Under the Governors executive orders, the big box stores remain open, allowing unlimited numbers of patrons, many crammed together much closer than the mandated six feet, with few of them wiping off cart handles, and virtually no one wearing a facemask. Meanwhile, the Governors decrees prohibit restaurants from providing on-site dining. This is discriminatory and grossly unfair to those businesses and their employees who now are deprived of the opportunity to make a living. A significant number of these citizens will soon be unable to pay rent, make mortgage payments, cover the utilities and buy food for their families. Unprecedented levels of business closures are wreaking havoc with the markets and imperiling the health of the banking system.

The 10-person limit has virtually closed down on-site religious services, resulting in reduced congregant contributions. These contributions support essential services to low-income persons, including homeless shelters, food banks, and soup kitchens. Many view this limit as an unconstitutional infringement of the First Amendment right to the free exercise of religion.

Sadly, the executive orders force the curtailment of the operation of doctors offices, resulting in postponement of previously scheduled appointments and necessary medical treatments.

The Governors April 1, 2020 communications outline his attempt to micromanage medical and religious institutions and provide him a ready rationale for the utilization of the State Police for enforcement.

To ensure both reasonable public health protections and constitutional liberties, Governor Hogan should immediately revise his executive orders to allow a local government option for a 50-person occupancy limit. I fear that a continuation of this draconian, one-size-fits-all approach will be perceived by the injured citizens of St. Marys County as an affront to their well-being and solid evidence and reasoning to hold the Governor personally accountable for their various losses.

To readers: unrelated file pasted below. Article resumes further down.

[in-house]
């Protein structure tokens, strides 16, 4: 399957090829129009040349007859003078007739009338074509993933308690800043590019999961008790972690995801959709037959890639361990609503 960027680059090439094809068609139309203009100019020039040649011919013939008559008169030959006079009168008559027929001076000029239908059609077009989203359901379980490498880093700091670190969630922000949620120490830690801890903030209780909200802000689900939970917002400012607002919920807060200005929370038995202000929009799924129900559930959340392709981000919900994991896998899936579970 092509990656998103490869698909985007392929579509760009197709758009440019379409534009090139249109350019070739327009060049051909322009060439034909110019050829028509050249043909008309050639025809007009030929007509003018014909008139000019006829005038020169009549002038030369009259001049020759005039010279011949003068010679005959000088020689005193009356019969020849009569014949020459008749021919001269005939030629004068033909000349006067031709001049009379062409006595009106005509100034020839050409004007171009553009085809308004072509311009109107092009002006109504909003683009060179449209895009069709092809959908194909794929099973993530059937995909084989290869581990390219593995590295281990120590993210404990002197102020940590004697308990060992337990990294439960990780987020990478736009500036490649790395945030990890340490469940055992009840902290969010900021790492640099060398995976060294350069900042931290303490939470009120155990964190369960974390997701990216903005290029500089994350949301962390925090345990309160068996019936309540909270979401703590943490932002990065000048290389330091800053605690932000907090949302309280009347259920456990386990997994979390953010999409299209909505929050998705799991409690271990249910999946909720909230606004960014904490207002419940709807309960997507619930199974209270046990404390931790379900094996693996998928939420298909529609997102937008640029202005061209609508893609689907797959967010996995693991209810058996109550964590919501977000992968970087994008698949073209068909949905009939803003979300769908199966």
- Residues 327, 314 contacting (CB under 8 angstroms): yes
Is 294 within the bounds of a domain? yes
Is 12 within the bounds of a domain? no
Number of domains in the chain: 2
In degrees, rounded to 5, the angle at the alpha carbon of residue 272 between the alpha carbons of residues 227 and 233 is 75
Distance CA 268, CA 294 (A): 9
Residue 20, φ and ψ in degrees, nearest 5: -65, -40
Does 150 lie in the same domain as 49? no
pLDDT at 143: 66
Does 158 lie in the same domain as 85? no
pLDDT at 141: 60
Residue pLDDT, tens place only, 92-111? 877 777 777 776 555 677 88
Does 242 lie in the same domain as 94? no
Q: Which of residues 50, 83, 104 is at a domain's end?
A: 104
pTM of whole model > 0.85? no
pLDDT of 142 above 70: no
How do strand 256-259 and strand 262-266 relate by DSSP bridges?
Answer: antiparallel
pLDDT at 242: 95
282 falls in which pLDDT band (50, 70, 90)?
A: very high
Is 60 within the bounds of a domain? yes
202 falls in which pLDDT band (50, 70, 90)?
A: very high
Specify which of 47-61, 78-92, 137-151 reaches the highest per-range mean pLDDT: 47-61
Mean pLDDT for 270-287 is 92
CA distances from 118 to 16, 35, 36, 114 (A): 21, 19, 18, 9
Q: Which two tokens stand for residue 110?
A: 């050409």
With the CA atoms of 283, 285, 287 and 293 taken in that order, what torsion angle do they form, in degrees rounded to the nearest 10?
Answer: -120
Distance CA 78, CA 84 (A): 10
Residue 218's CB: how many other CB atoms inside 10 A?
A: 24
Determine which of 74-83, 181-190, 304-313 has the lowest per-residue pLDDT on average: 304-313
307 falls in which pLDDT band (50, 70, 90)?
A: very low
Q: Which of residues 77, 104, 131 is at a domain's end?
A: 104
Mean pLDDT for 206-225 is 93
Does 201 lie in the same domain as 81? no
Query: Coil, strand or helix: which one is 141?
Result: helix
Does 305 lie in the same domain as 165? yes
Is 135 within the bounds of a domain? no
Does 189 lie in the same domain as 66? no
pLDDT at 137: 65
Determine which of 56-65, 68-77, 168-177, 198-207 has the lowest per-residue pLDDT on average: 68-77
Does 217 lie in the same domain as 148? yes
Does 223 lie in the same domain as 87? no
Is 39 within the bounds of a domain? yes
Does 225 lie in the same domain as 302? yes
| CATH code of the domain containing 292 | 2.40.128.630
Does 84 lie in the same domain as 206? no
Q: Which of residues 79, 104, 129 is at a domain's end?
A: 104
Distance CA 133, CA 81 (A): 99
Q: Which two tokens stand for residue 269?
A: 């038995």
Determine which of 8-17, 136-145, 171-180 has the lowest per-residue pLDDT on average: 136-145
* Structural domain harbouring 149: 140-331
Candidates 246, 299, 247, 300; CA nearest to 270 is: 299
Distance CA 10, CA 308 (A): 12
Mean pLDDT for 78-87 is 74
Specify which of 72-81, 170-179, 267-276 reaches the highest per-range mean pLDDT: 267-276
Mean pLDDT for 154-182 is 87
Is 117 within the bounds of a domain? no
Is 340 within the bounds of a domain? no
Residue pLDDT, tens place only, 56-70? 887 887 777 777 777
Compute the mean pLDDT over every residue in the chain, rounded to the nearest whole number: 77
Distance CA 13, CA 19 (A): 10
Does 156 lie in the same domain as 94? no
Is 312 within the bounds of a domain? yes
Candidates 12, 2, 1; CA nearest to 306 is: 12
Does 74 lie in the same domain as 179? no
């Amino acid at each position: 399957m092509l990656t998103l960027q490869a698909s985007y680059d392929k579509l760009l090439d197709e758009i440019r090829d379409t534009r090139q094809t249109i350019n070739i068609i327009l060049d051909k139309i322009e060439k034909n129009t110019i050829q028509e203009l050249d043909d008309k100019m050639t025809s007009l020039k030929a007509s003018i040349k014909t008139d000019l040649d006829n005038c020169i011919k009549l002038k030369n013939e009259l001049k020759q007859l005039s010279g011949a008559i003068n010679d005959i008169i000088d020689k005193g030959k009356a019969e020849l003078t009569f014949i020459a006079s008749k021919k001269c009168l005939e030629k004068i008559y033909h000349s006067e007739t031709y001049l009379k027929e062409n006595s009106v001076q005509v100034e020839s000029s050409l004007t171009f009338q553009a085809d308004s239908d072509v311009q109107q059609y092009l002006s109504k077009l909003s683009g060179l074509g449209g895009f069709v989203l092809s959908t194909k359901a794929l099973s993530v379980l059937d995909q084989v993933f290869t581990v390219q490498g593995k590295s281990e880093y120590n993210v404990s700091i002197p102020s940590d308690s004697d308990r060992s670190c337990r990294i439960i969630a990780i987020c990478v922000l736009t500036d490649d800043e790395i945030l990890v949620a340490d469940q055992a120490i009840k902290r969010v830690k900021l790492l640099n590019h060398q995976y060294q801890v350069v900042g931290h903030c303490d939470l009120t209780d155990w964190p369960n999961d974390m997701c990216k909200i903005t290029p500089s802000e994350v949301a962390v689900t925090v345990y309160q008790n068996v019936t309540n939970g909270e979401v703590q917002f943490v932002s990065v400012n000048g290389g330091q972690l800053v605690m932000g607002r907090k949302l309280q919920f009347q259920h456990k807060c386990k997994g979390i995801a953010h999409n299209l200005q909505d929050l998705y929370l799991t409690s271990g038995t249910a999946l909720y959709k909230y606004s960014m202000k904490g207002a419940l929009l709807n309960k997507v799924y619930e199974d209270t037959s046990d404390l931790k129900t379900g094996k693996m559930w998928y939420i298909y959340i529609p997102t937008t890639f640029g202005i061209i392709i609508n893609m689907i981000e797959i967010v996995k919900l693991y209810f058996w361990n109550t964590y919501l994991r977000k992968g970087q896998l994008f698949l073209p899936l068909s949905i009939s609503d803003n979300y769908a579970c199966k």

-Cynthia L. Jones

Valley Lee

St. Marys County Commissioner 2010-2013

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Why the government can shut down church gatherings during pandemic | TheHill – The Hill

Posted: at 7:21 pm

Jesus bore it so that you would not have to. If that recent declaration by the Awaken Church of Jonesboro in Arkansas is true, Jesus might also be viewed as the first coronavirus offender, because the Last Supper hosted three disciples too many under the social gathering limits in most states during this crisis. At the time, of course, Roman Governor Pontius Pilate was trying to contain Christianity itself, which now some church leaders accuse American governors of doing. Some churches plan to defy state public health directives by carrying out large Easter services.

The issue is playing out in several states. In Kansas, Democratic Governor Laura Kelly has barred religious gatherings with more than 10 people. That action prompted the Republican controlled state legislature to then vote to rescind the order as an attack on free exercise of religion. Kelly asked her staff to explore all her legal options. Under the Constitution, she is on strong grounds to issue such an order. While untested, the free exercise clause is not a license for religious spreaders in a pandemic.

This may be the most compelling use of the belief that the Constitution is not a suicide pact. I have been critical of that often repeated reference by those who want to ignore fundamental rights. It was originally attributed to Abraham Lincoln after he had violated the Constitution by unilaterally suspending habeas corpus. It is more often attributed to Supreme Court Justice Robert Jackson, without noting that he used the line in one of his most reprehensible opinions, a dissent to the Supreme Court extending protections to a priest arrested for his controversial speech.